I would like to change some of my stored procs to use memory optimized tables.
Before I do this, could you help me to clarify some things?
Here I can read, the tempdb doesn’t support it for insert-operation (What’s the difference between a temp table and table variable in SQL Server?).
But what about with data retrieving, like select?
With memory optimized tables could it be possible, that I get an error, if the server is less of RAM?
In this thread (https://www.brentozar.com/archive/2014/06/temp-tables-table-variables-memory-optimized-table-variables/) I can read about this.
Memory optimized tables do the boost, or not (What’s the difference between a temp table and table variable in SQL Server?)?
This thread (https://www.brentozar.com/archive/2014/04/memory-ssd-tempdb-temp-table-sql-2014/) describes, that tempdb (starting with SQL 2014) can also reduce disk IO.
Should I use tempdb or memory optimized table variables?
I’m using Microsoft SQL 2014 (12.0.5000.0) Enterprise 64 bit. The SQL queries are a bit complex: e.g. there is a query, that uses 2 views and each of these views depending on other views.
The result of the whole query is not big (a couple thousands of rows).
Some of the tables, from which the views are depending, have 40 – 50k rows.
I alraedy realized, if rewrite a view into a table valued function, it increases the performance. Especially if the original view is embedded in another view, and used more time.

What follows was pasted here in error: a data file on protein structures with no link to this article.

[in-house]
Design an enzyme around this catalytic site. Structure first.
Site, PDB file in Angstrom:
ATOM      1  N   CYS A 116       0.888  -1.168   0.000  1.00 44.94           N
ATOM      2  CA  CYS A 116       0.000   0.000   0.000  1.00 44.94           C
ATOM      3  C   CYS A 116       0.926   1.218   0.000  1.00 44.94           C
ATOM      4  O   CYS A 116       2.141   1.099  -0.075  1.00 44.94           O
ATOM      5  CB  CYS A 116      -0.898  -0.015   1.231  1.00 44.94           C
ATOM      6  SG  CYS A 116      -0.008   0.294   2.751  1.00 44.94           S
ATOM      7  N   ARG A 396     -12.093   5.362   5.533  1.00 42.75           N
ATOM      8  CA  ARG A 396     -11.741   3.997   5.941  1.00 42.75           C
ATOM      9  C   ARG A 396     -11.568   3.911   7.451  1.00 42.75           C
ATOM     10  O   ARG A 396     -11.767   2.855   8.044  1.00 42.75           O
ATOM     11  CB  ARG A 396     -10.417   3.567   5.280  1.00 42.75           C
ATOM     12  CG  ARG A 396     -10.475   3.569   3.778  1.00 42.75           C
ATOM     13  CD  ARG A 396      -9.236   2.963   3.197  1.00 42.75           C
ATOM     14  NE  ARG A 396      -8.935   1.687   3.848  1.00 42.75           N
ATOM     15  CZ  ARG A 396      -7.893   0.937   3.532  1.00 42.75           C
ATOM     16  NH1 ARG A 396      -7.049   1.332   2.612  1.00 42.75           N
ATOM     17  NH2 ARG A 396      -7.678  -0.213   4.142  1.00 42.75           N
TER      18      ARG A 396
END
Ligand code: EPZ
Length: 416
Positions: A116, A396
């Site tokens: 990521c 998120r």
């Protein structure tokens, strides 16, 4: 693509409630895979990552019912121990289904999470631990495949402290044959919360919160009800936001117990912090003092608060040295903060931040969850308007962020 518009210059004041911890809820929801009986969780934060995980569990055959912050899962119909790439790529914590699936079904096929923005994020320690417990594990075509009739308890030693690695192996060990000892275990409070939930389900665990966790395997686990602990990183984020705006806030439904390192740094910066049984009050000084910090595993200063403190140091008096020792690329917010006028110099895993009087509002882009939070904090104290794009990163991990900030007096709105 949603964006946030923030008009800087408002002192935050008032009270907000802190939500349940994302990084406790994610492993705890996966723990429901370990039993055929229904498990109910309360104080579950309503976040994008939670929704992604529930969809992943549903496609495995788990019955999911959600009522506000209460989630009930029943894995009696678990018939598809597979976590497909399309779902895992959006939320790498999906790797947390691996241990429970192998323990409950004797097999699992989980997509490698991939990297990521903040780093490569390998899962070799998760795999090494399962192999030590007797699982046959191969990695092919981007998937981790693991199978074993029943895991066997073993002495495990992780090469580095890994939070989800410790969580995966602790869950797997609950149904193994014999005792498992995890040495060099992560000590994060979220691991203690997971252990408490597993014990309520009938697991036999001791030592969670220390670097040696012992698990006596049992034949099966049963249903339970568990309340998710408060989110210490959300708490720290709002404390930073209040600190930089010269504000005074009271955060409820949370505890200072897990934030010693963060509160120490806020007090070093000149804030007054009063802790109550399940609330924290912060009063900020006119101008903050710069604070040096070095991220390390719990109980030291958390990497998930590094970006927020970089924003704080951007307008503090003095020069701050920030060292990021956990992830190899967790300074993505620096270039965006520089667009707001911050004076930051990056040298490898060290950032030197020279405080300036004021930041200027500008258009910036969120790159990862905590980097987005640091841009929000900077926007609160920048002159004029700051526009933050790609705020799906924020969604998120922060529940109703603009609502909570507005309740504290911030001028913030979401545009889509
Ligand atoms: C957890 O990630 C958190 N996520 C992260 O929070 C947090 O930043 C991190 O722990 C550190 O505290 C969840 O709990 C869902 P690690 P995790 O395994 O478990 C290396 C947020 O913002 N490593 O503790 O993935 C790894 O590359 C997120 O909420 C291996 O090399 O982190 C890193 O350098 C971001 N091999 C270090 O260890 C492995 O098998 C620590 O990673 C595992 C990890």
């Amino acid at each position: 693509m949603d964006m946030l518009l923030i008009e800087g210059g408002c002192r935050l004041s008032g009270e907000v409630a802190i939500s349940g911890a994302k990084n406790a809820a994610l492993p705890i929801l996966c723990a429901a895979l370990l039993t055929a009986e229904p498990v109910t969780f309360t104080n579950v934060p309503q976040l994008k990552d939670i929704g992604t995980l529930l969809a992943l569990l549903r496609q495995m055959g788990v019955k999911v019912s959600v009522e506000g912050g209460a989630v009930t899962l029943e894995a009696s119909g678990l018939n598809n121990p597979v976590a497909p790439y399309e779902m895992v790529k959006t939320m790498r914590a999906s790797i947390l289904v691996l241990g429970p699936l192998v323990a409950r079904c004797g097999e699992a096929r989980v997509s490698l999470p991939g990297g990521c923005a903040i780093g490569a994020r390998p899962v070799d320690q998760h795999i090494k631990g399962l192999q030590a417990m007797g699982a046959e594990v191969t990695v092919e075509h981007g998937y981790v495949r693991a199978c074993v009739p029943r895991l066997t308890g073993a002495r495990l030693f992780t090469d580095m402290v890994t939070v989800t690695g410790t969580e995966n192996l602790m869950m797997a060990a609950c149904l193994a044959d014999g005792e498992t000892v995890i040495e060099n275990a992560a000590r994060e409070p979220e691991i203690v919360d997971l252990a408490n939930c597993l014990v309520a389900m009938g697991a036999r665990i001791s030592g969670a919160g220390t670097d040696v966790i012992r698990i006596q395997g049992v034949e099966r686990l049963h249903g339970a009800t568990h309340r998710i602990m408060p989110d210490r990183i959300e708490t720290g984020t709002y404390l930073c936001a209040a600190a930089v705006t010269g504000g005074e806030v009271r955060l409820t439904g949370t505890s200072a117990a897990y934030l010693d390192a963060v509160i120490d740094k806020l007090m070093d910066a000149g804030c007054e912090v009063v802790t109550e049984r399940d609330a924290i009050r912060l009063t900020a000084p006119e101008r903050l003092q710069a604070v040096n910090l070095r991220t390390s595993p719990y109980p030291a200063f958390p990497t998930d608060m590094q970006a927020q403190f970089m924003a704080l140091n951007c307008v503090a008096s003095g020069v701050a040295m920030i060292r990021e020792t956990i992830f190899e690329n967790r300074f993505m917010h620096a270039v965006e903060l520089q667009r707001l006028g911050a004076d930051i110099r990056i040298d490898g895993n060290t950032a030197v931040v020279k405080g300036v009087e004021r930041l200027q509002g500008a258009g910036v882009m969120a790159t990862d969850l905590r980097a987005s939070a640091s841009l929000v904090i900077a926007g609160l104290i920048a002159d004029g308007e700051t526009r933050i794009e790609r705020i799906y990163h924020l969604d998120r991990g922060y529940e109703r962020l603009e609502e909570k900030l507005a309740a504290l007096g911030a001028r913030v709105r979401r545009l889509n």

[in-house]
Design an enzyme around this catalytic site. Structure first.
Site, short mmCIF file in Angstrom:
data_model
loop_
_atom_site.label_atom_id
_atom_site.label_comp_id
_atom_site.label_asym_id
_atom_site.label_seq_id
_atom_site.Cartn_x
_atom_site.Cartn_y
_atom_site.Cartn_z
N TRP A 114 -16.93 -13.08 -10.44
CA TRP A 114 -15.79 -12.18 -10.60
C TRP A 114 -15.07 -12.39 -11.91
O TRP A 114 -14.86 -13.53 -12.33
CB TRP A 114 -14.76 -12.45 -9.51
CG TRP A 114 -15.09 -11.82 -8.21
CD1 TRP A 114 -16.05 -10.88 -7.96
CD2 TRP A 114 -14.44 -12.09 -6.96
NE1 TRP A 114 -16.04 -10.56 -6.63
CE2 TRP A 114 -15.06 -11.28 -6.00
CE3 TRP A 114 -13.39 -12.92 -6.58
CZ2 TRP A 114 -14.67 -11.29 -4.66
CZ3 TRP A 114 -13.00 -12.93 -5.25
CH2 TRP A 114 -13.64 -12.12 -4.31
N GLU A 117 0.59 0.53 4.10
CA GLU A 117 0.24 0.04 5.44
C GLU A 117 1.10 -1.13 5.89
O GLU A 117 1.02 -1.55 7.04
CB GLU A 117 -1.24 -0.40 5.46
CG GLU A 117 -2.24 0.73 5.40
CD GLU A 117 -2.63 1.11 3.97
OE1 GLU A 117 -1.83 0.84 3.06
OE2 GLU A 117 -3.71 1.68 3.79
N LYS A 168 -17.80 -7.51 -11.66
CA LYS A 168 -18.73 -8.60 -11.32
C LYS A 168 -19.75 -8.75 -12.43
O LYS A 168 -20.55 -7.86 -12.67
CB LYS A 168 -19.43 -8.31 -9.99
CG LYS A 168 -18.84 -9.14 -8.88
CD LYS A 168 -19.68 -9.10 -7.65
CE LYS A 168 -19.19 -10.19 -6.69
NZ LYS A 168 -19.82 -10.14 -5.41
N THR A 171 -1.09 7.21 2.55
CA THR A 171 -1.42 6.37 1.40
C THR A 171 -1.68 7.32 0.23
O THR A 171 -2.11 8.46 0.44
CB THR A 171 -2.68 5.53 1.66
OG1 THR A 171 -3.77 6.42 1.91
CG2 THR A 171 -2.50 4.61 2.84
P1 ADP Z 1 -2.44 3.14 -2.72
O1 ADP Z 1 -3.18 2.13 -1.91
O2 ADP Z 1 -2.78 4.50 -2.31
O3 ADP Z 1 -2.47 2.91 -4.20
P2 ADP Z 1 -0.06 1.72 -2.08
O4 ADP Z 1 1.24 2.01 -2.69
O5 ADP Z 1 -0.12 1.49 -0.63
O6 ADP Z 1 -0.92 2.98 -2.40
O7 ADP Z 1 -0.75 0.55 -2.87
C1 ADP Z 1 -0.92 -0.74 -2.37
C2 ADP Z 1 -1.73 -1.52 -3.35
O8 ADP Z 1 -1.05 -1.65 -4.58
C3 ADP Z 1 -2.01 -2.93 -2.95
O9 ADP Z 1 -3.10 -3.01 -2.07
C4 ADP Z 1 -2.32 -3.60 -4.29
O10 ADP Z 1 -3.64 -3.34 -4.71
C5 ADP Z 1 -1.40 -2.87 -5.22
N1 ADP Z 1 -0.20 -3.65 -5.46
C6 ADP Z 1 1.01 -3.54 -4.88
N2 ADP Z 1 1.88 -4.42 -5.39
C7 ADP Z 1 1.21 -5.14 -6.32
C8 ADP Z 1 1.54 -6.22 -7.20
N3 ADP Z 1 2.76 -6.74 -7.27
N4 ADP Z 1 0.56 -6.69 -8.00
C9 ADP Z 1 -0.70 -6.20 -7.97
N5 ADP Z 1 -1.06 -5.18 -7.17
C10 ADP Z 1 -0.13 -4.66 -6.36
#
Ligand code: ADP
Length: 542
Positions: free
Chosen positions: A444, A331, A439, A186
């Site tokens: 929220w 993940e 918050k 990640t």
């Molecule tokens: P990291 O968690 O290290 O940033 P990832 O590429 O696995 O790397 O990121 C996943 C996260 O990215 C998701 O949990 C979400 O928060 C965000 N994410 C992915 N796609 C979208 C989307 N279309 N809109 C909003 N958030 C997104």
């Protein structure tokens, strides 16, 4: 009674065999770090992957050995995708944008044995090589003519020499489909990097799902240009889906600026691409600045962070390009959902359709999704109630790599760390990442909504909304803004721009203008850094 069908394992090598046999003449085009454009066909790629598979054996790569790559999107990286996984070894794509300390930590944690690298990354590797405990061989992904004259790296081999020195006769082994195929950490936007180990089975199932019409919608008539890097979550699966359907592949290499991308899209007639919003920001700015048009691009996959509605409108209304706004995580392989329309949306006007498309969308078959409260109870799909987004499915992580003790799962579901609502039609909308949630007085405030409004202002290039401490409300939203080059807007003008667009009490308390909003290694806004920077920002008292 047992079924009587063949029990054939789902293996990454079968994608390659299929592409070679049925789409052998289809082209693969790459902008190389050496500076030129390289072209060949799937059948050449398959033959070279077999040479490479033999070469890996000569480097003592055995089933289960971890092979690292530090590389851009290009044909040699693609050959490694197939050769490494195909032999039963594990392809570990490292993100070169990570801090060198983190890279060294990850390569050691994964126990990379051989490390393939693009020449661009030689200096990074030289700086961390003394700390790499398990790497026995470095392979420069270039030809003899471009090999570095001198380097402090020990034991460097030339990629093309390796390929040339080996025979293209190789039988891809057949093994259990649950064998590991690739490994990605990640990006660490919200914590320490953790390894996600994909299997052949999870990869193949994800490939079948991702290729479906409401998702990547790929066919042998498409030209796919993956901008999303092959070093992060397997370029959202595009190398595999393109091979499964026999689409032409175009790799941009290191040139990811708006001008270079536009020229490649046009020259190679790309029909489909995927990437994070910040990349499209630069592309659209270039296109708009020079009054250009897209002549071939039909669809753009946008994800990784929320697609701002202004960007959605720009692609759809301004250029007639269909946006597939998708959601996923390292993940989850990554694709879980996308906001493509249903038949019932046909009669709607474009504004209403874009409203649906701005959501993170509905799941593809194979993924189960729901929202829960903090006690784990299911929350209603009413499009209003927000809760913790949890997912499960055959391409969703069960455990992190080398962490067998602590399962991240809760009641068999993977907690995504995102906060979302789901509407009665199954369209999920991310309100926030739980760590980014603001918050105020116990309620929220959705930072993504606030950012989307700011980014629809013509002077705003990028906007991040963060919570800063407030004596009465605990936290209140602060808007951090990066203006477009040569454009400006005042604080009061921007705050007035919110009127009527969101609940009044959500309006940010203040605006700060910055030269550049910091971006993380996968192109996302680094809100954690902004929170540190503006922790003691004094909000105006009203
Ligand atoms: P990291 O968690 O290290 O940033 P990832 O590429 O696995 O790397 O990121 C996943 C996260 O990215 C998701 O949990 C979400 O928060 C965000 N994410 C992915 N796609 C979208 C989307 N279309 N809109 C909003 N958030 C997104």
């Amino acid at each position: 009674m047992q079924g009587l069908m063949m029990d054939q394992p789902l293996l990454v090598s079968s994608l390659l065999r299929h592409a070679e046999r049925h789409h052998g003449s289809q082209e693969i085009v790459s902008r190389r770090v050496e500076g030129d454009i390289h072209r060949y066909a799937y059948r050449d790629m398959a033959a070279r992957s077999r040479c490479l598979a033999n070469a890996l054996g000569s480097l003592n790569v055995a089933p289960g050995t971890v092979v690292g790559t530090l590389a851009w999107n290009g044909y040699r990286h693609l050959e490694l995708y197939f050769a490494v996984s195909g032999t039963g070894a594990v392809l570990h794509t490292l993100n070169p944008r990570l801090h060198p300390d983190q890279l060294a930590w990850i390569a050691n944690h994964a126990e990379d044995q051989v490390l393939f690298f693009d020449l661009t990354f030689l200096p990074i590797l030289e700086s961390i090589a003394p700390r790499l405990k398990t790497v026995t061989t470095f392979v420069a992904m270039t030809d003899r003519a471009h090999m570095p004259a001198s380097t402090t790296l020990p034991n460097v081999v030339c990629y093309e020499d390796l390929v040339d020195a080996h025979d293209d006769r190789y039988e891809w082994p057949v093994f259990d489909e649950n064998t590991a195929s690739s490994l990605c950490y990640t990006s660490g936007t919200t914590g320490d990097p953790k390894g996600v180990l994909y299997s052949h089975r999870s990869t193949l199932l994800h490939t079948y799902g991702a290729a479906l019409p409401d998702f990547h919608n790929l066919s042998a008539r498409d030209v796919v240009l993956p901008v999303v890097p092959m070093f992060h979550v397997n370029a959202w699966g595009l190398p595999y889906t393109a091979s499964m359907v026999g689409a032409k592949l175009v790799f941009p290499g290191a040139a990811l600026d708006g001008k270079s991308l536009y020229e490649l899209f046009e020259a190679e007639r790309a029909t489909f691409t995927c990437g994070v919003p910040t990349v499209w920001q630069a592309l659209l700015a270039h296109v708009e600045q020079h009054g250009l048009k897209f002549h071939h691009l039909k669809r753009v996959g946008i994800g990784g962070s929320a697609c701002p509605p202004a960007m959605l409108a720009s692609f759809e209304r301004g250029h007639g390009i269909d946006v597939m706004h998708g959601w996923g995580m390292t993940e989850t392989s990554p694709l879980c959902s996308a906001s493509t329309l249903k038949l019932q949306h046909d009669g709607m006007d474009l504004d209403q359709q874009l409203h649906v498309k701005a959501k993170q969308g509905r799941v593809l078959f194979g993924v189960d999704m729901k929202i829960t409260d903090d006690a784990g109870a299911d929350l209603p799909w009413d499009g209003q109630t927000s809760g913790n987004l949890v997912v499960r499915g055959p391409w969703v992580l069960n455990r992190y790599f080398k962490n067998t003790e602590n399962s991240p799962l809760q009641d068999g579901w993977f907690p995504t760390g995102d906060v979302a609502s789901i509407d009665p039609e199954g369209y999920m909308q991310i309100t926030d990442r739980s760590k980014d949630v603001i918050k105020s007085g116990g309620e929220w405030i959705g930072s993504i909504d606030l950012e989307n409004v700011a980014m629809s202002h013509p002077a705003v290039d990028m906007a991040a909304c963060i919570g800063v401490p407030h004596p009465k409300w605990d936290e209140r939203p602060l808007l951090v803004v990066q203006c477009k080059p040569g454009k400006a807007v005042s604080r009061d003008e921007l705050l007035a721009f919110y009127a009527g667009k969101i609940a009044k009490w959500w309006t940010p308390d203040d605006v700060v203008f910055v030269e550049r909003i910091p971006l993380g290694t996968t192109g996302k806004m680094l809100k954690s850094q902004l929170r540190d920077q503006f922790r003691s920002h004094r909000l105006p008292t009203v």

But what about the 3 points above? For me the links are somehow conflicting.
SQL Server does support parallel inserts into temp tables in SQL Server 2014 with the
SELECT INTO syntax. In SQL Server 2016 parallel inserts are also supported into temp tables that are heaps. In SQL Server 2016 SP1 parallel inserts into heaps require the
A query that modifies table variables will not contain any parallel zones. However, a query that references a table variable may run in parallel.
Yes, memory-based tables can only be in RAM and cannot spill to disk. See this article.
My advice would be to first measure the performance of your stored procedure to confirm that the temp tables are the source of the unacceptable performance. If you confirm that consider the following simpler options first:
Only save data to temp tables that you need. Apply filters when inserting data as soon as possible.
Create columns with the right data types.
Create indexes as appropriate for your temp tables.
Drop your temp tables as soon as you no longer need them.
Make sure that your tempdb database follows best practices. This could be a separate post but here’s one resource.
If none of that works and you feel confident that you understand the limits of memory optimized table variables go ahead and test your procedures with them. The previously referenced blog post does mention that as a use case:
As replacement for traditional table variables, and in some cases for #temp tables that are local to a stored procedure. This is particularly useful if there is a lot of tempdb contention in the system.